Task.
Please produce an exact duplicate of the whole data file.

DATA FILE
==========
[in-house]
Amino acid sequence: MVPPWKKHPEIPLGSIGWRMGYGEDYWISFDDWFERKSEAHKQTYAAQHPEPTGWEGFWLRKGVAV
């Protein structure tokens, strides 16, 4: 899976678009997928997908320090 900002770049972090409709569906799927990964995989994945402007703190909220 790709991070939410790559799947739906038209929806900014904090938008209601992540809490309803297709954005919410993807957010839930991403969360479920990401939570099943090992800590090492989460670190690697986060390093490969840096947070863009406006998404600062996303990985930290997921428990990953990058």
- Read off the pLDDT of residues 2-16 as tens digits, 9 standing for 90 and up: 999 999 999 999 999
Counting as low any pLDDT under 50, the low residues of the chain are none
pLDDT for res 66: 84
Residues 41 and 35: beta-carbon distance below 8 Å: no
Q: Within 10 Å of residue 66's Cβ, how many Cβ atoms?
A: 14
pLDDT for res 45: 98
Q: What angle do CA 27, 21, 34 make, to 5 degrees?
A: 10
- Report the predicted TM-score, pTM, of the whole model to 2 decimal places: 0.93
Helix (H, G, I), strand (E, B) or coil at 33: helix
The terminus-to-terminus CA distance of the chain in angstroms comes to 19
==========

[in-house]
Amino acid sequence: MVPPWKKHPEIPLGSIGWRMGYGEDYWISFDDWFERKSEAHKQTYAAQHPEPTGWEGFWLRKGVAV
């Protein structure tokens, strides 16, 4: 899976678009997928997908320090 900002770049972090409709569906799927990964995989994945402007703190909220 790709991070939410790559799947739906038209929806900014904090938008209601992540809490309803297709954005919410993807957010839930991403969360479920990401939570099943090992800590090492989460670190690697986060390093490969840096947070863009406006998404600062996303990985930290997921428990990953990058």
- Read off the pLDDT of residues 2-16 as tens digits, 9 standing for 90 and up: 999 999 999 999 999
Counting as low any pLDDT under 50, the low residues of the chain are none
pLDDT for res 66: 84
Residues 41 and 35: beta-carbon distance below 8 Å: no
Q: Within 10 Å of residue 66's Cβ, how many Cβ atoms?
A: 14
pLDDT for res 45: 98
Q: What angle do CA 27, 21, 34 make, to 5 degrees?
A: 10
- Report the predicted TM-score, pTM, of the whole model to 2 decimal places: 0.93
Helix (H, G, I), strand (E, B) or coil at 33: helix
The terminus-to-terminus CA distance of the chain in angstroms comes to 19